There are two ways to increase taxes. One is you just raise rates, particularly the top rates. Economists in general — and Republican economists in particular — don’t much like this approach because it raises taxes on the last dollars you’ve earned. That discourages productive people from doing more work, or so goes the argument.
The other is you close loopholes and eliminate tax breaks. Economists prefer this approach because rather than raising taxes on doing more work, it equalizes taxes across the range of goods people can buy with their money. The mortgage-interest deduction, for instance, encourages people to spend more on housing than they otherwise would. If you took it away — and no one will, but just for the sake of argument — people would have the same incentive to do more work, but there wouldn’t be a tax break encouraging them to spend their money on housing rather than on other goods. Economists see that as a win-win.
This is the conversation David Brooks was alluding to yesterday when he wrote that Republicans are “not being asked to raise marginal tax rates in a way that might pervert incentives,” but rather “to close loopholes and eliminate tax expenditures that are themselves distortionary.” If you believe in a free market and balanced budget, flattening the tax code is a no-brainer. Glenn Hubbard, dean of Columbia’s Business School and one of the architects of the Bush tax cuts, would tell you the same thing, and so would Alan Greenspan. But Paul Ryan disagrees:
Do you see what he did there? Because you could close tax loopholes and use the money to lower rates, closing tax loopholes and using the money to lower the deficit doesn’t just mean higher taxes, but it’s the same thing as higher tax rates. In practice, of course, it doesn’t mean higher tax rates: They’ll remain the same, or even go down if some of the money is used to lower rates. But it means higher rates against a hypothetical decision to lower rates further, and Ryan is treating that as equivalent to an increase in marginal tax rates.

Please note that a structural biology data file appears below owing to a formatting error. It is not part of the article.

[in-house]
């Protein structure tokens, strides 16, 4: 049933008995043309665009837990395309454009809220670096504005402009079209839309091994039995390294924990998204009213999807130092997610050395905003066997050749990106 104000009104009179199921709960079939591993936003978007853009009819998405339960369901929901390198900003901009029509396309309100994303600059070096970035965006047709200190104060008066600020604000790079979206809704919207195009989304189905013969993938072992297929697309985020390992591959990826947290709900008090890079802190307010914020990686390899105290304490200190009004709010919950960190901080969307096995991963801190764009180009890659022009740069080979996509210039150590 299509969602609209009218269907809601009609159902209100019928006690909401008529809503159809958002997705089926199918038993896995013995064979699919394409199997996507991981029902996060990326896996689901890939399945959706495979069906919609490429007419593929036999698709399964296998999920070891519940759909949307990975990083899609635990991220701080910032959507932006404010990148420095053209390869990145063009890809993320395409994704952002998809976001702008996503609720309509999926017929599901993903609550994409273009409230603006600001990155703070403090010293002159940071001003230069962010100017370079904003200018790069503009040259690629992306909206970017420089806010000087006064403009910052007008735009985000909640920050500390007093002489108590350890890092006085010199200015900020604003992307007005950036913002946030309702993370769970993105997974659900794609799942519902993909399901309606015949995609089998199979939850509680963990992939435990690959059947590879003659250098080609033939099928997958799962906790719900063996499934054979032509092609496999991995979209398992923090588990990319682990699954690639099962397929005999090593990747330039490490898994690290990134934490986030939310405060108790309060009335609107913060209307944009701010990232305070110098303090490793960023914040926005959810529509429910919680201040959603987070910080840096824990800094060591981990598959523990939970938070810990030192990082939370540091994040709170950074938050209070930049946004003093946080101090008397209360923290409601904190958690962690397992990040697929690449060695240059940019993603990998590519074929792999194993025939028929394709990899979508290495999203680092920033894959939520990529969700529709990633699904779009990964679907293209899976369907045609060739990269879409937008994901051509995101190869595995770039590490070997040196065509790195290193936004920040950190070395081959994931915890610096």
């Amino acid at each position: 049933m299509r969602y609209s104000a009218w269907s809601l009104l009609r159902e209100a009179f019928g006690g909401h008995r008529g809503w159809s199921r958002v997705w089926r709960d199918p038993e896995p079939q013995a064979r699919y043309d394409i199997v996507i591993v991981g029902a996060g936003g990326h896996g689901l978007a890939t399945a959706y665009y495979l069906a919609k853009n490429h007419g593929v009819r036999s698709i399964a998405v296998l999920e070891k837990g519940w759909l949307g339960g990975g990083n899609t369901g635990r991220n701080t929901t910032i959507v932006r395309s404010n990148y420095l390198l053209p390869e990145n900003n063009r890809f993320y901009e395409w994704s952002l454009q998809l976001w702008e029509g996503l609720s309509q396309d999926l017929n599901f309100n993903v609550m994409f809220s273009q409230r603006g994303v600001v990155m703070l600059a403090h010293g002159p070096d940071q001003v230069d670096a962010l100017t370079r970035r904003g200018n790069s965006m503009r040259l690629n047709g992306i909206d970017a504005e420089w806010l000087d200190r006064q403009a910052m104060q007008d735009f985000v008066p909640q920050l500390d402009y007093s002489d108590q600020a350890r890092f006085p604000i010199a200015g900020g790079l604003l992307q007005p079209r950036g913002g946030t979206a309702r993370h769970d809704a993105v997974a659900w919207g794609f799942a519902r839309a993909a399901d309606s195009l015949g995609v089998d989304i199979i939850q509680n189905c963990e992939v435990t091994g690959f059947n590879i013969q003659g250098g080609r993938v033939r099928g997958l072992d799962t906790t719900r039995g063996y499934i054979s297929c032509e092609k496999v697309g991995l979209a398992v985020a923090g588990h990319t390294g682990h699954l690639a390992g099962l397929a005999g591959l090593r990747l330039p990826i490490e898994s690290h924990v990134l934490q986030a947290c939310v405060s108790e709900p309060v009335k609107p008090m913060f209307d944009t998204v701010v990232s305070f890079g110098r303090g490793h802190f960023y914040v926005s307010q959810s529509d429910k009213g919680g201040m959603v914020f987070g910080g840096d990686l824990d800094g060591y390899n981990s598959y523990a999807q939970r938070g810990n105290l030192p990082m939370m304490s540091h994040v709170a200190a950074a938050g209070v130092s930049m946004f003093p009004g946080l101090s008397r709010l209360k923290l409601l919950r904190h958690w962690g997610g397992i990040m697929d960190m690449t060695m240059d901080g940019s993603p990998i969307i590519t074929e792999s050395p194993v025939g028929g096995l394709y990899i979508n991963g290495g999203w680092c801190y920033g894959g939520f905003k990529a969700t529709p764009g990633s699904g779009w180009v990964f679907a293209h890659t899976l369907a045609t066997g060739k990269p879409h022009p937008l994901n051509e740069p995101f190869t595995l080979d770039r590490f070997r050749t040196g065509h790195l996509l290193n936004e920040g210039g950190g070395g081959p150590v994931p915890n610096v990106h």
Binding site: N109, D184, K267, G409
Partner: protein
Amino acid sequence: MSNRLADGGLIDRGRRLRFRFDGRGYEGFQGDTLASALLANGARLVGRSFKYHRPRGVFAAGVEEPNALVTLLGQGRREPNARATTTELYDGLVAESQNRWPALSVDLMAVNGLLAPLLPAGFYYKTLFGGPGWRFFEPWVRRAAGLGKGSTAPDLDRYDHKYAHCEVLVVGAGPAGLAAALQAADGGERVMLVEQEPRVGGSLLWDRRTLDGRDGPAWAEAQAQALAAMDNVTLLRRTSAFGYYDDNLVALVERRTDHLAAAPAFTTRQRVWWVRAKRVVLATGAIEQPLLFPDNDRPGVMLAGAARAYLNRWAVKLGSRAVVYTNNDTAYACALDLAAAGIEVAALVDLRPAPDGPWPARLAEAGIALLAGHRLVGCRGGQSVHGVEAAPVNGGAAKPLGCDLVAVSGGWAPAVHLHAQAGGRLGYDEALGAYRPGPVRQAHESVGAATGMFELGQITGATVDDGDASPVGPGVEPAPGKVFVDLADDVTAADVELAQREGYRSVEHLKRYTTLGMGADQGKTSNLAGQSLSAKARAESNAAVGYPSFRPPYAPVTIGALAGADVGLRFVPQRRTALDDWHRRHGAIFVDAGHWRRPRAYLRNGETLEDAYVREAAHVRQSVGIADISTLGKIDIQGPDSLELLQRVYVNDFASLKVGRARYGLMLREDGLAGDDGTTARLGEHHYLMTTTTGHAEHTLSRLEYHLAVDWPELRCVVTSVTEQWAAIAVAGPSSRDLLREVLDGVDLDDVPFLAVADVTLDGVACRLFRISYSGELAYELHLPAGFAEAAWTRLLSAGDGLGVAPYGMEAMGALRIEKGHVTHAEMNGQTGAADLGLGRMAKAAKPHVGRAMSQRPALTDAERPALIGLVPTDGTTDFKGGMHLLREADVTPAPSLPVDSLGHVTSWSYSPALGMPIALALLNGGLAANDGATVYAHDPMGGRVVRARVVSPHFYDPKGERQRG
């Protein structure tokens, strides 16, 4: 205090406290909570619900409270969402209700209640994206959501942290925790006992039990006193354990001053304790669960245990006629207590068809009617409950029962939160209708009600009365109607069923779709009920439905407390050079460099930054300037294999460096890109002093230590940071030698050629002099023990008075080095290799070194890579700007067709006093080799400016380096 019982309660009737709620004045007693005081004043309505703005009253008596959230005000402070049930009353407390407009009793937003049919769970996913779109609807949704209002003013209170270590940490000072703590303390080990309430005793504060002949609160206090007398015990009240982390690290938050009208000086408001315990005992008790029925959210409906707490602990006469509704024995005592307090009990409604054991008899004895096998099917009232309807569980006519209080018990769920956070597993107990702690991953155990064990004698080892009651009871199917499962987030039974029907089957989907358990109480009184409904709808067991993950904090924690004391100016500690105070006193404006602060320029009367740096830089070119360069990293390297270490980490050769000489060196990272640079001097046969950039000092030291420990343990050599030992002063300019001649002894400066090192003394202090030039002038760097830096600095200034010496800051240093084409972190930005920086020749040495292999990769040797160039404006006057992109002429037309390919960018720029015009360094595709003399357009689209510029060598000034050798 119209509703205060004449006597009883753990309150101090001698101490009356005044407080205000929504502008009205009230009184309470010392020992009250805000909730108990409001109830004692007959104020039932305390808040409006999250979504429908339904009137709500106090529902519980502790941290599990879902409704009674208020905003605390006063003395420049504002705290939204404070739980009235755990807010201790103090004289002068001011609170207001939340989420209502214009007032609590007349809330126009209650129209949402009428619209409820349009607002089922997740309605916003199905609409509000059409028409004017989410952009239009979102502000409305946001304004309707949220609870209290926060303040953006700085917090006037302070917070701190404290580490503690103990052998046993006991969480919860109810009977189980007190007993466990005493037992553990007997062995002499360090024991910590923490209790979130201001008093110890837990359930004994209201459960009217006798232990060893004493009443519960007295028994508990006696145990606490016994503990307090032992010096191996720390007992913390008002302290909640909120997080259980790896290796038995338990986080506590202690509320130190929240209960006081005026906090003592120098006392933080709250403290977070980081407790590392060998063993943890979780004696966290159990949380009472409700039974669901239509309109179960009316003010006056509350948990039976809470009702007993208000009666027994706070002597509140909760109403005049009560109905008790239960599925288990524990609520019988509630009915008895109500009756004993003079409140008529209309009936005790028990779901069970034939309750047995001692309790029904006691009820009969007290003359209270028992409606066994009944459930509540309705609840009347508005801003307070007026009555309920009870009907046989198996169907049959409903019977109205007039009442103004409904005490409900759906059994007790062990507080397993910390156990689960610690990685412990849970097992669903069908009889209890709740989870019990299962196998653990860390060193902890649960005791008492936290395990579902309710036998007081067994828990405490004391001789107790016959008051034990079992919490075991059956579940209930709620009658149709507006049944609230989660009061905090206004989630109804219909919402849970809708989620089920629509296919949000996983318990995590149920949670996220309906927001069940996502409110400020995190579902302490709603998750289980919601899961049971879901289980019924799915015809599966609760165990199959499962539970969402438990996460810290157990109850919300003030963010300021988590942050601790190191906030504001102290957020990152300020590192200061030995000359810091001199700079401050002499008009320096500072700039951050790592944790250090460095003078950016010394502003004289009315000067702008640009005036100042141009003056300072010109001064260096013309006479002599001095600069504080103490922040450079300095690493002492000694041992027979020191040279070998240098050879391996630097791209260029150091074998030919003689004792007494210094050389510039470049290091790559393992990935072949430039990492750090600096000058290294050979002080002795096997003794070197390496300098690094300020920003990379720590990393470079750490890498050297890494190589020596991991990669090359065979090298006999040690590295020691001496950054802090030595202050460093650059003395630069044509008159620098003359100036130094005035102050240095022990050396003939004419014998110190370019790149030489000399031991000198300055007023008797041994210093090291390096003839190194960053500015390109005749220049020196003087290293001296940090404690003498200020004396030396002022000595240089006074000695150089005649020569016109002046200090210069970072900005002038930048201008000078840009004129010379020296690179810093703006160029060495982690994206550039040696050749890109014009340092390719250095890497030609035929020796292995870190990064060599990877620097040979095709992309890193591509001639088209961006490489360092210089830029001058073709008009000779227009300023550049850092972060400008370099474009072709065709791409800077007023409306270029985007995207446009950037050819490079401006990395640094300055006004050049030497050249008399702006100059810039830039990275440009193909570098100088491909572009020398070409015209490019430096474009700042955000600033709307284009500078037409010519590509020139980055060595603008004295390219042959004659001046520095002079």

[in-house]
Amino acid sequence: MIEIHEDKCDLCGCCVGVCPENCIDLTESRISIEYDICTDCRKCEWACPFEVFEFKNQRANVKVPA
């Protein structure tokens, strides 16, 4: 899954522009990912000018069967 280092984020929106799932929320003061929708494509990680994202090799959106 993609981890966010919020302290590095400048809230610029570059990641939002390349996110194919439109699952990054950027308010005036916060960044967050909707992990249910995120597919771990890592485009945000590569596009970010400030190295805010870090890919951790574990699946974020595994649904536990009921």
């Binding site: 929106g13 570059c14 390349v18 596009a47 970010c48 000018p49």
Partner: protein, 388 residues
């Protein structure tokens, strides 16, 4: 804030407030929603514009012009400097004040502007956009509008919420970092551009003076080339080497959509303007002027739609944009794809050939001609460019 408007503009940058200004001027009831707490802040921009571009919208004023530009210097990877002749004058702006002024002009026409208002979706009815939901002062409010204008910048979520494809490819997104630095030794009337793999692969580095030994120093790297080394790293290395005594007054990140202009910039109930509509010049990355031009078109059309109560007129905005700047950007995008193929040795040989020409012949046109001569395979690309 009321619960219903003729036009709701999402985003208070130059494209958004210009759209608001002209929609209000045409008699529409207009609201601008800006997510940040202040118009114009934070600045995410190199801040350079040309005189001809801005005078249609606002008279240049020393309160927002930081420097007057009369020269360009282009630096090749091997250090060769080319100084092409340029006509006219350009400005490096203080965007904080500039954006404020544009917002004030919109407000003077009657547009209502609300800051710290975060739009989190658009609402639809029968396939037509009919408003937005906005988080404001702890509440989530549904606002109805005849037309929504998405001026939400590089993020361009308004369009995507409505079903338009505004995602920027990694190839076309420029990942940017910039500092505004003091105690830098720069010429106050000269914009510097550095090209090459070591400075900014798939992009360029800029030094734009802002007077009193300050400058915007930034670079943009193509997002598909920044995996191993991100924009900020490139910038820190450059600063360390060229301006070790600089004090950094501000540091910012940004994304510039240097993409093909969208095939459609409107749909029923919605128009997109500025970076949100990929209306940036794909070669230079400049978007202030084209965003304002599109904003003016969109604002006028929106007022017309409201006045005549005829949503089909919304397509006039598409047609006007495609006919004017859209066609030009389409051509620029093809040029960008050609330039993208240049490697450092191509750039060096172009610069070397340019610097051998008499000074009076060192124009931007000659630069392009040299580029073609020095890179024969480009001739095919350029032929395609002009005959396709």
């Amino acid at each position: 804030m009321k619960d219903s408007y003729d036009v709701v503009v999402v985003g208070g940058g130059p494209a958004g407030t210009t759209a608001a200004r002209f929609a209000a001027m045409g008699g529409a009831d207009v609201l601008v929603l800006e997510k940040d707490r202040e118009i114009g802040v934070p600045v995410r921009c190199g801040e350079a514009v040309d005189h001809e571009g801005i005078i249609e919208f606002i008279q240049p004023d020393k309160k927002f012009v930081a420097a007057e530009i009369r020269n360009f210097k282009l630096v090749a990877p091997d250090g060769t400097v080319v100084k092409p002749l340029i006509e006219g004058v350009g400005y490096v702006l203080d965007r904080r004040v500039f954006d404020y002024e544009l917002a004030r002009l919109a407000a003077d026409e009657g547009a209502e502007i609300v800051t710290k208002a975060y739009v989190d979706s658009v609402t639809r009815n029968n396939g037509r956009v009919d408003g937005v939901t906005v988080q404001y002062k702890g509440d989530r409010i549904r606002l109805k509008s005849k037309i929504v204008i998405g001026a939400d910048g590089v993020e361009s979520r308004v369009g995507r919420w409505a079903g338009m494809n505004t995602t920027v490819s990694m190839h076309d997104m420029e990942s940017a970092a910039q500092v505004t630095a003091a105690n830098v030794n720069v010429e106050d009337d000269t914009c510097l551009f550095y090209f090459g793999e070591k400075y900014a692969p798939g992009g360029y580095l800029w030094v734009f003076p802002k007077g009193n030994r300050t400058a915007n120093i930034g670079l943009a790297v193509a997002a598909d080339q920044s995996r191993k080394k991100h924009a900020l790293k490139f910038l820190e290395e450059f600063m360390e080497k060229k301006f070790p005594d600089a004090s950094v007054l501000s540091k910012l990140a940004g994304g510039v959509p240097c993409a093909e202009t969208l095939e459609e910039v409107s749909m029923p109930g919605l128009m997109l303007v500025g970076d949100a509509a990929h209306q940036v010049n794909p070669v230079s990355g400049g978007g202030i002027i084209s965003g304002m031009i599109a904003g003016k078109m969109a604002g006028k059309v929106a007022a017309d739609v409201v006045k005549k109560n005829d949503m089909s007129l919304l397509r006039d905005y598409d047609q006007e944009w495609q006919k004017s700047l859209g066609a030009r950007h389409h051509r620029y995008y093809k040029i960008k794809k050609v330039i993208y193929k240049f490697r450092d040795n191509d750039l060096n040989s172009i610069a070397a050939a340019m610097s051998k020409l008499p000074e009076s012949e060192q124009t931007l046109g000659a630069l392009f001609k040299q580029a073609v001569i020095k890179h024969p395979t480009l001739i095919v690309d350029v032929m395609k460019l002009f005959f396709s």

What happens if you do what he’s saying, is then you can’t lower tax rates. So it does affect marginal tax rates. In order to lower marginal tax rates, you have to take away those loopholes so you can lower those tax rates. If you want to do what we call being revenue neutral. … If you take a deal like that, you’re necessarily requiring tax rates to be higher for everybody. You need lower tax rates by going after tax loopholes. If you take away the tax loopholes without lowering tax rates, then you deny Congress the ability to lower everybody’s tax rates and you keep people’s tax rates high.
This stuff can take you pretty far down the rabbit hole, but the bottom line is that the Republican Party’s opposition to taxes is no longer based on any recognizable economic theory and appears impervious to all efforts to design taxes that respect the policy reasons that conservative economists have traditionally given for resisting tax increases. A lot of people have hypothesized that Ryan, in being more policy-oriented than many members of his party, is more aware of the need for higher taxes than many members of his party. What we’ve learned in recent months is that that isn’t true: He’s just better at developing complicated rationales that make increasingly extreme positions sound like garden-variety policy points.